You can successfully grow daylilies wherever you live in the continental United States, but they may disappear for the winter if you live in a colder climate. All types of daylilies love full sun, and they bloom from early June to late August for northern growers. If you live in the South, you can enjoy daylilies beginning in March and often into December for the warmest climates.
The hardiest of the three types of daylilies is the dormant daylily. These robust beauties bloom throughout the summer, no matter where you live, and then stop growing and disappear for the winter. Dormant daylily varieties include Addie Branch Smith with purple-wine blooms, American Revolution with near black blooms, Butterscotch with gold blossoms and Bull Run with melon apricot blooms. You can find dormant daylilies in a variety of colors; some will have ruffled flowers and some will be bi-toned.
Evergreen daylilies continue to produce new leaves throughout the winter in milder climates, but they only retain their crown in cold climates. Much better suited to warm year-round temperatures, examples of evergreen daylilies include the bi-tone Athlone in shades of orange and yellow, Chorus Line with a pink-light bloom and Lady Emily with a lavender flower. Like their dormant cousins, evergreen daylilies may have ruffled petals within a beautiful array of colors, but there are fewer varieties of evergreen daylilies than either the dormant or the semi-evergreen.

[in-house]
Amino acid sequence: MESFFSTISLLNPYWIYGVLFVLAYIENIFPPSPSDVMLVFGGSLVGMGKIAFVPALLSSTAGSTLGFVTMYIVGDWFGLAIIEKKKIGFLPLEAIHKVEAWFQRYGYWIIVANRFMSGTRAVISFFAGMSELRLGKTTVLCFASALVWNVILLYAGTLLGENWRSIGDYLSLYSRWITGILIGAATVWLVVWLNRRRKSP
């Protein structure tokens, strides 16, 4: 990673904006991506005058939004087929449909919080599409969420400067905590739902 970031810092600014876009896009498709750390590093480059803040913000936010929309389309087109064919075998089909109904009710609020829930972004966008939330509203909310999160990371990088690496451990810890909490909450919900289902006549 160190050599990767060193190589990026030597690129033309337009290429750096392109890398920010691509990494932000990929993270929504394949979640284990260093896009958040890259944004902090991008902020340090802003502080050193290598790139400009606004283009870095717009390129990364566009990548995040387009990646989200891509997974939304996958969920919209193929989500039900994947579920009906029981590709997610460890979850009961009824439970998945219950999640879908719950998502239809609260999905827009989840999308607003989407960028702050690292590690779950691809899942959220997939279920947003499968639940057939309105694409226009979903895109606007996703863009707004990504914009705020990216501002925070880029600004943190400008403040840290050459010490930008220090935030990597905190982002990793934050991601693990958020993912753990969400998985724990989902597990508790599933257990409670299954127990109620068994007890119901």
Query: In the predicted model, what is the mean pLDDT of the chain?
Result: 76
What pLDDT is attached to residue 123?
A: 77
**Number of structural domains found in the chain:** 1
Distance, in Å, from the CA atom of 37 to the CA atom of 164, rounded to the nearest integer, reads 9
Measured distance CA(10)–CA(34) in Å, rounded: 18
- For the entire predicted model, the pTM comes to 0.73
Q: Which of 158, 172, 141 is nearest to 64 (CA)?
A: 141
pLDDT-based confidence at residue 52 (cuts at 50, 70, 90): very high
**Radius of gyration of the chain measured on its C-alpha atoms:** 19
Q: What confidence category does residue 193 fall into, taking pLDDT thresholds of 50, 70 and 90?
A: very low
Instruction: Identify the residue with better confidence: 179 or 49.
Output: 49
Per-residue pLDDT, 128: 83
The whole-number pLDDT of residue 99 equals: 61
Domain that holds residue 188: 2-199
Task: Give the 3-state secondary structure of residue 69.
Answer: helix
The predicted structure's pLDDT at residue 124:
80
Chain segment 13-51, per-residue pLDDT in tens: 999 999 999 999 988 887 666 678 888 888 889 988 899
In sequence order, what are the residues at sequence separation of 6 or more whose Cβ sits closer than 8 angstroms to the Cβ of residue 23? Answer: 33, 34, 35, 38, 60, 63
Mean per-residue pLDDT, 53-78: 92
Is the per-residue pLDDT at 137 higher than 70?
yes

The semi-evergreen variety of daylily will become dormant in a cold climate, but will retain its leaves throughout the winter in warmer climates. Some of the flowers have ruffled petals and the color choices are the same as for the evergreen and the semi-evergreen. Semi-evergreen daylilies include Baja with red blooms, Cheerful Giver with purple-grape blossoms and Dancing Warriors with light bronze petals surrounding a yellow center.
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